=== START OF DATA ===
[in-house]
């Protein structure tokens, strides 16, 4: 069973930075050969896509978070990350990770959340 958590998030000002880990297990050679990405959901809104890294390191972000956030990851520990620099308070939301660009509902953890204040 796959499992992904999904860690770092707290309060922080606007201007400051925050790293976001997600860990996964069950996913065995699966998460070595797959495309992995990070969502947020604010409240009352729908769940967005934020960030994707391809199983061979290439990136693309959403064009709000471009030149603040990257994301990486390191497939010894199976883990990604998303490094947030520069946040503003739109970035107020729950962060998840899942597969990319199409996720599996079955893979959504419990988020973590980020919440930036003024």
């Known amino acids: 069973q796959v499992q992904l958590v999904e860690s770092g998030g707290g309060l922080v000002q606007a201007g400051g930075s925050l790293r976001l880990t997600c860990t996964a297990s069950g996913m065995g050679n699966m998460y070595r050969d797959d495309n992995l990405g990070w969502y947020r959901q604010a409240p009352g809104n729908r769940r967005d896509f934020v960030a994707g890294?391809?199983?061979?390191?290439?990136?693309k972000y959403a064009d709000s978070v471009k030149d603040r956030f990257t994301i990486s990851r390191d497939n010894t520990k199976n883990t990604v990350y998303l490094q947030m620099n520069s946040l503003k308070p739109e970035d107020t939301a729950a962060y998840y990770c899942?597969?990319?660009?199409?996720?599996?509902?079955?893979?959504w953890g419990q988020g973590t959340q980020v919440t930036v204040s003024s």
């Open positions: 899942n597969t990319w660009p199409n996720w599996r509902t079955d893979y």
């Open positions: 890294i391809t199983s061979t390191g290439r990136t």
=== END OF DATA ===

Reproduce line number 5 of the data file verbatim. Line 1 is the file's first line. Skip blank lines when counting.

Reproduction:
């Open positions: 890294i391809t199983s061979t390191g290439r990136t």